OLD WORLD LUXURY
Killarney Royal Hotel
This is a luxury 4 star hotel located in an old townhouse, right in the centre of Killarney town. Staying here is an elegant affair, with antique furnishings and candlelit dinners. The Killarney Royal Hotel also places the bars and restaurants of Killarney town right at your feet.
Killarney Glamping at the Grove
Those looking for somewhere a little more rustic, but still a little bit luxe to stay in Killarney should consider Killarney Glamping at the Grove. Aimed towards couples, it’s a romantic spot to soak up the beautiful natural surroundings of Killarney National Park.
How many days do you need in Killarney?
There are so many things to do and places to visit in Killarney County Kerry that you could easily spend a week here. However, two nights and three full days would be great to aim for and allow you to explore the area without too much pressure.
You can manage to fit in lots during two days in Killarney if you can’t allocate three full days to your trip, although it will be a little bit hectic and will leave little to no time to relax.
Book a Killarney car rental
If you don’t have a car at your disposal, I would recommend renting one for this purpose. I use the rentalcars.com website whenever renting cars abroad, as I find it has the best selection of car rental companies and an easy to use interface and an extremely comprehensive set of search filters.
Getting around Killarney without a car
Difficult, but not impossible! You can get around to certain main sights in Killarney via a Killarney shuttle bus service. With this though, you are then limited by their schedule, the locations they cover and also whether or not there is actually space on the bus!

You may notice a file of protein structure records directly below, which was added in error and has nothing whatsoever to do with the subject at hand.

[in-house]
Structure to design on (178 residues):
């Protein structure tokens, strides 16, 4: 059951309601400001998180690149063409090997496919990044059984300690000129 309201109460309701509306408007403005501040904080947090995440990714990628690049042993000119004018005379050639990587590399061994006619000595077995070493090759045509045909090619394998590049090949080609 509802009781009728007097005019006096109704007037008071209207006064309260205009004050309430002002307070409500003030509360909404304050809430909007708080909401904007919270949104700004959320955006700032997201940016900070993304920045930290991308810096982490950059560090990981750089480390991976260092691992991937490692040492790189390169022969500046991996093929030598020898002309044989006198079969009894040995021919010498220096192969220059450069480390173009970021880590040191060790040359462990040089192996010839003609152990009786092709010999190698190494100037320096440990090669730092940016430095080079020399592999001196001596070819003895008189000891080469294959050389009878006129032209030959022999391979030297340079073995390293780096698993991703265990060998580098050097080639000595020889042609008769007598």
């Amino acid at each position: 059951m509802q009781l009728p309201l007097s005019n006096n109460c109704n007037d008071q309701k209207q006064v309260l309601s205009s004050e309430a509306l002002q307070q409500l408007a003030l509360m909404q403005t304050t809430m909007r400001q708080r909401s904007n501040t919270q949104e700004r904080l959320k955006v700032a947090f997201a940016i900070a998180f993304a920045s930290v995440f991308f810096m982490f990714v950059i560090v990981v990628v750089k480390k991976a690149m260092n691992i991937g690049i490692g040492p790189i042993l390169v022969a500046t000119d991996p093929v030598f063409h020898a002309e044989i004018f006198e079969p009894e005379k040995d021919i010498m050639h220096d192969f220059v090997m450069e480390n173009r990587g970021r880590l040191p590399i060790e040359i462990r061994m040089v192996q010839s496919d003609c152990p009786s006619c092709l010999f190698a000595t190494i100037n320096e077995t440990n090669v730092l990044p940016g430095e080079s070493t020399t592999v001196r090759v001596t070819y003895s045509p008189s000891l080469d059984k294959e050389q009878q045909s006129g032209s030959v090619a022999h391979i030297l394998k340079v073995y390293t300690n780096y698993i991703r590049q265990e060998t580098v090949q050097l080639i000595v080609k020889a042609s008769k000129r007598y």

Personally, I’d find all that to be a bit stressful, so if that was me I would choose to either book a private tour or a driver as you’ll have flexibility and control over your itinerary, as well as an expert local guide to make the experience all the more memorable!
Two to consider are the following:
The best things to do in Killarney
There are an abundance of places to visit in Killarney, so to help you whittle down your options and make sense of the town of Killarney and the National Park, I have split this post into five main sections:
- Attractions in Killarney – what to do within the Muckross Estate area
- Places to visit in Killarney Ireland that you’ll need to drive to
- Things to do in Killarney town
- Best day trips from Killarney
- Only have 1 day? Places that you must see in Killarney Ireland
For most, the majority of your visit will centre around the areas that can be found within the former Muckross Estate, stemming from Muckross House and Gardens and the area that is closest to Killarney town.
However, if time allows, I would highly recommend visiting some of those points a little further afield that you will need to drive to to reach, to really see the best of what Killarney has to offer.
Attractions in Killarney – what to do within the former Muckross Estate
How to access Killarney National Park